Brandon Vogt

Ancient Homily for Holy Saturday

I try to read these words every year on Holy Saturday, and each year they sear me at the deepest level. They come from a sermon called “An Ancient Homily for Holy Saturday“, which was penned by an unknown writer.

The words refer to the part of the Apostle’s Creed that describe how “(Jesus) descended into Hell.” According to Church Tradition, after dying on Good Friday, Jesus descended to the depths of the dead to preach His message to them, liberating all holy men and women held captive in past centuries (there’s also a beautiful section in the Catechism describing this scene.)

This ancient homily specifically recounts Jesus’ interaction with Adam; the Second Adam encountering the First. Read these words slowly and somberly and be filled with the hope of redemption:

“What is happening? Today there is a great silence over the earth, a great silence, and stillness, a great silence because the King sleeps; the earth was in terror and was still, because God slept in the flesh and raised up those who were sleeping from the ages. God has died in the flesh, and the underworld has trembled.

Truly he goes to seek out our first parent like a lost sheep; he wishes to visit those who sit in darkness and in the shadow of death. He goes to free the prisoner Adam and his fellow-prisoner Eve from their pains, he who is God, and Adam’s son.

The Lord goes in to them holding his victorious weapon, his cross. When Adam, the first created man, sees him, he strikes his breast in terror and calls out to all: ‘My Lord be with you all.’ And Christ in reply says to Adam: ‘And with your spirit.’ And grasping his hand he raises him up, saying: ‘Awake, O sleeper, and arise from the dead, and Christ shall give you light.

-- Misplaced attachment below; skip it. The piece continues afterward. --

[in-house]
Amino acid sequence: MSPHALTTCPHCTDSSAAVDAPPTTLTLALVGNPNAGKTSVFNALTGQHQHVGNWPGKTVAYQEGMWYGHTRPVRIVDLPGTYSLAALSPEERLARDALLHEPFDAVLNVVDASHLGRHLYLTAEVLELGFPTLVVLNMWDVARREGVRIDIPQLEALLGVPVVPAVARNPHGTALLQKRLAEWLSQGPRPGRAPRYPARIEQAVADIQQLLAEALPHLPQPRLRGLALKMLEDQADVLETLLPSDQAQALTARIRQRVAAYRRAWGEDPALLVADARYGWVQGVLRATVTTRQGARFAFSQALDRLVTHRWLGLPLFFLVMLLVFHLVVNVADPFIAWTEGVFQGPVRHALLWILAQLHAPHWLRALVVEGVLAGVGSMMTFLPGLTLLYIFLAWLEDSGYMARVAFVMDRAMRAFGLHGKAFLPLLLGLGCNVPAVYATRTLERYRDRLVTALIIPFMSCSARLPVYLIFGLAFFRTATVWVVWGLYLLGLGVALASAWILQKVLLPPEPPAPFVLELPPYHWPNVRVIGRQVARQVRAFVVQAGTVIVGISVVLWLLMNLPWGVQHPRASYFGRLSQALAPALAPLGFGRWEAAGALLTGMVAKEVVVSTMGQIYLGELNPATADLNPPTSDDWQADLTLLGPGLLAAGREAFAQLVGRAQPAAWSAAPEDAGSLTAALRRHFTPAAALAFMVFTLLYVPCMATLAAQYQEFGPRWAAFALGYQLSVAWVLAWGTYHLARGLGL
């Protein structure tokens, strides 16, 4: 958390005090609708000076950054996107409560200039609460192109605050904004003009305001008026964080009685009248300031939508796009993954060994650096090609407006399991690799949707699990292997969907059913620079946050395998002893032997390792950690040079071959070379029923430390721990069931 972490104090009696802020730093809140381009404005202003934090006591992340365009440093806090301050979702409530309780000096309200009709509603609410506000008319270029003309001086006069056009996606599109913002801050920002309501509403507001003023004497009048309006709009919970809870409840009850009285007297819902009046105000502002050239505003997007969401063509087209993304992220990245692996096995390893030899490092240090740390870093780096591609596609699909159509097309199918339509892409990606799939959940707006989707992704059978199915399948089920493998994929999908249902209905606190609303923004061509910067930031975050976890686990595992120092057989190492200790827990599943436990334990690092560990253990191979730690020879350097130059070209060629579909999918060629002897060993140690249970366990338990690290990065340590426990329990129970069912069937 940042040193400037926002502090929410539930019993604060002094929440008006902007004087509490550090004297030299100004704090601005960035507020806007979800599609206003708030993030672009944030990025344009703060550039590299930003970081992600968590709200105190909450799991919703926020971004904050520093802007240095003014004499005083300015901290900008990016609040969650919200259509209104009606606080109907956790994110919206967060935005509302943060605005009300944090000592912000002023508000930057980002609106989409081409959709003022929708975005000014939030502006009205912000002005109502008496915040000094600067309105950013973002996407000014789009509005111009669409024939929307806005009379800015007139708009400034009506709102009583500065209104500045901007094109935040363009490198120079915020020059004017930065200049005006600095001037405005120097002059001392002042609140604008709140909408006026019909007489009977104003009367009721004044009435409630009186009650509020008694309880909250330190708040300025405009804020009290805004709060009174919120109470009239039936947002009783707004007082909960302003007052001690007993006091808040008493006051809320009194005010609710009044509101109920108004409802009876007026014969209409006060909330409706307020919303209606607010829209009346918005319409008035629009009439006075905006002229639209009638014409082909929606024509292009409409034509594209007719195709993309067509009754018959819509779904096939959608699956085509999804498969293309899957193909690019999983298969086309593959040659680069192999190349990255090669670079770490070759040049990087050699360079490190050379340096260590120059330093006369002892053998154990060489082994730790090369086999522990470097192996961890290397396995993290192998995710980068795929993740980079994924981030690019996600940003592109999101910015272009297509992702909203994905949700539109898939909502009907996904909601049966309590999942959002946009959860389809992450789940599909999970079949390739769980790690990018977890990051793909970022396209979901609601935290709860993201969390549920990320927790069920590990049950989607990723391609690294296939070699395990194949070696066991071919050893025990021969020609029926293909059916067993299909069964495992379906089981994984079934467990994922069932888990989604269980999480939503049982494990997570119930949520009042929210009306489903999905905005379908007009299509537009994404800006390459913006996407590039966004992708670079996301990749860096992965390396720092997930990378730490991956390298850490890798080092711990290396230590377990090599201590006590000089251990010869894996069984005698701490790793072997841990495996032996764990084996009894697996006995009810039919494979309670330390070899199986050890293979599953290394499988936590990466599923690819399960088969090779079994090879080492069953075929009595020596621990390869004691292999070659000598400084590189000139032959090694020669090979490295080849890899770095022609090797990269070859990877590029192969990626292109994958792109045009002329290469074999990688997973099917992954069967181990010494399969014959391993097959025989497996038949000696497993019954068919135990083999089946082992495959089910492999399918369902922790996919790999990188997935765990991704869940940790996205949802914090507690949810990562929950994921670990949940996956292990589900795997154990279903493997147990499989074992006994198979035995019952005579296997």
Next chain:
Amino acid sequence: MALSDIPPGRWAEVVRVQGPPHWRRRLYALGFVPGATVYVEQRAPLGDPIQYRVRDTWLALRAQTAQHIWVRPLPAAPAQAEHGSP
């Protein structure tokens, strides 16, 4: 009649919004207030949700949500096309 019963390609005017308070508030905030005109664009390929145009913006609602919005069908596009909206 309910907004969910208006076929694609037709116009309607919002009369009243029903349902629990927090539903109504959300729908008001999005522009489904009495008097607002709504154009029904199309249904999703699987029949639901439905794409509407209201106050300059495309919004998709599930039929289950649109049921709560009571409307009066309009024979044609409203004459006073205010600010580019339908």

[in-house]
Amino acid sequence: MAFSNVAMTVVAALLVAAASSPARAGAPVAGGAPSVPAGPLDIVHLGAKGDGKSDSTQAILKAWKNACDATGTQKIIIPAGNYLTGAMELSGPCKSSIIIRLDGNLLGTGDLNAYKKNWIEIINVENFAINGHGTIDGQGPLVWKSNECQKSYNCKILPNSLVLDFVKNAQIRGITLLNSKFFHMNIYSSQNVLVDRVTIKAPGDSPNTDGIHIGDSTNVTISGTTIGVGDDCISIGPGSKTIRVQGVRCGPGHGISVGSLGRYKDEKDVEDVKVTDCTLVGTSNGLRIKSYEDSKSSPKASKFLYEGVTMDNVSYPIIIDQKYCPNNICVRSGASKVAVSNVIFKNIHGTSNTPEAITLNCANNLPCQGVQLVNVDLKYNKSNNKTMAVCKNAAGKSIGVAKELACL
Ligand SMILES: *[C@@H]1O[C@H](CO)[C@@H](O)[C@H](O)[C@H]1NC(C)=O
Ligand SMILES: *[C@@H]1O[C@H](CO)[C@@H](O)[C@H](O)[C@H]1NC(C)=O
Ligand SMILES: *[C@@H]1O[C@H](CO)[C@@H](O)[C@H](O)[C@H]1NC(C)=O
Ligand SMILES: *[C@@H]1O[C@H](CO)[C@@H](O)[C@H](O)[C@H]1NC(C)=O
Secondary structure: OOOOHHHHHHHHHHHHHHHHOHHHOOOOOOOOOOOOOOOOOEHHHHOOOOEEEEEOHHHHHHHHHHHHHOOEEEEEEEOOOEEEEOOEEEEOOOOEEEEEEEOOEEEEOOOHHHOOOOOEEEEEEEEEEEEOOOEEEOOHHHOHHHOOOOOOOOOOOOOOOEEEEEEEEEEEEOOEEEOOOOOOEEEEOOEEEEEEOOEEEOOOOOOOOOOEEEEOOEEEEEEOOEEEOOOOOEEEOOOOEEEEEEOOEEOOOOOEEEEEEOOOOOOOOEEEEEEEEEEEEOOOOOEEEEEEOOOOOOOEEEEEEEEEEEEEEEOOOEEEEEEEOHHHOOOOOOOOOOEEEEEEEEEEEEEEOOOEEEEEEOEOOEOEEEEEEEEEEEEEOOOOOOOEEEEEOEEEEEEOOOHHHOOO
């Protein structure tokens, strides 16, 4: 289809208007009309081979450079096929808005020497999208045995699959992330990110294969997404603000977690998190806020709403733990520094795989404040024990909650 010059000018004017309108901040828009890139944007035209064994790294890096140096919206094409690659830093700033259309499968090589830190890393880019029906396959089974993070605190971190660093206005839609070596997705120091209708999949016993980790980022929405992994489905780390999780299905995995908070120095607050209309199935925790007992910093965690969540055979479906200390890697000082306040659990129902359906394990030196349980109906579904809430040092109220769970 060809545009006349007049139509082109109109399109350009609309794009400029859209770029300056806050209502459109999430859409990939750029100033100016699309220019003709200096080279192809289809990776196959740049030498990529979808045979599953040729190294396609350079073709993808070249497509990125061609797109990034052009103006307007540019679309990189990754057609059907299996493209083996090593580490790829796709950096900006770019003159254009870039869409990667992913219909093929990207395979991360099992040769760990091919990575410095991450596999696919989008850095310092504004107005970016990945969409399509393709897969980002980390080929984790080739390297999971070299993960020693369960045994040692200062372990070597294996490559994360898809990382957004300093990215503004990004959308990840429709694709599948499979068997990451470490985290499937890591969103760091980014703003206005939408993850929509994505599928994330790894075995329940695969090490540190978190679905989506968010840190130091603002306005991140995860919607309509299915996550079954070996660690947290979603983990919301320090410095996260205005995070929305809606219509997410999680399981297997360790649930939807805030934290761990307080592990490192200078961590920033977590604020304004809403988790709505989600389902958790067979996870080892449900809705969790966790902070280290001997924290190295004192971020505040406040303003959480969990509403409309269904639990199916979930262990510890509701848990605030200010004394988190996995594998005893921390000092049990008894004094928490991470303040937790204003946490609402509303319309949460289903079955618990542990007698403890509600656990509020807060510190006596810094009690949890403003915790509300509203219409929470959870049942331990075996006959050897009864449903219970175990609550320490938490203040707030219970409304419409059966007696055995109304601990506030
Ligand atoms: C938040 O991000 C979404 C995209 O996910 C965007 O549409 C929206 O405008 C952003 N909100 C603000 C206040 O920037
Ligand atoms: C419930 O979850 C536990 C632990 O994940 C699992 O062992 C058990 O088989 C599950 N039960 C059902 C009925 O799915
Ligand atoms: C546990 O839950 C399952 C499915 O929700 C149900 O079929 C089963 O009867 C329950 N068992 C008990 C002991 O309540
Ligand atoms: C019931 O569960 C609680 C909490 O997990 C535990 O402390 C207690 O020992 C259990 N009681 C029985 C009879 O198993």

‘I am your God, who for your sake became your son, who for you and your descendants now speak and command with authority those in prison: Come forth, and those in darkness: Have light, and those who sleep: Rise.

‘I command you: Awake, sleeper, I have not made you to be held a prisoner in the underworld. Arise from the dead; I am the life of the dead. Arise, O man, work of my hands, arise, you who were fashioned in my image. Rise, let us go hence; for you in me and I in you, together we are one undivided person.

‘For you, I your God became your son; for you, I the Master took on your form; that of slave; for you, I who am above the heavens came on earth and under the earth; for you, man, I became as a man without help, free among the dead; for you, who left a garden, I was handed over to Jews from a garden and crucified in a garden.

‘Look at the spittle on my face, which I received because of you, in order to restore you to that first divine inbreathing at creation. See the blows on my cheeks, which I accepted in order to refashion your distorted form to my own image.

‘See the scourging of my back, which I accepted in order to disperse the load of your sins which was laid upon your back. See my hands nailed to the tree for a good purpose, for you, who stretched out your hand to the tree for an evil one.

`I slept on the cross and a sword pierced my side, for you, who slept in paradise and brought forth Eve from your side. My side healed the pain of your side; my sleep will release you from your sleep in Hades; my sword has checked the sword which was turned against you.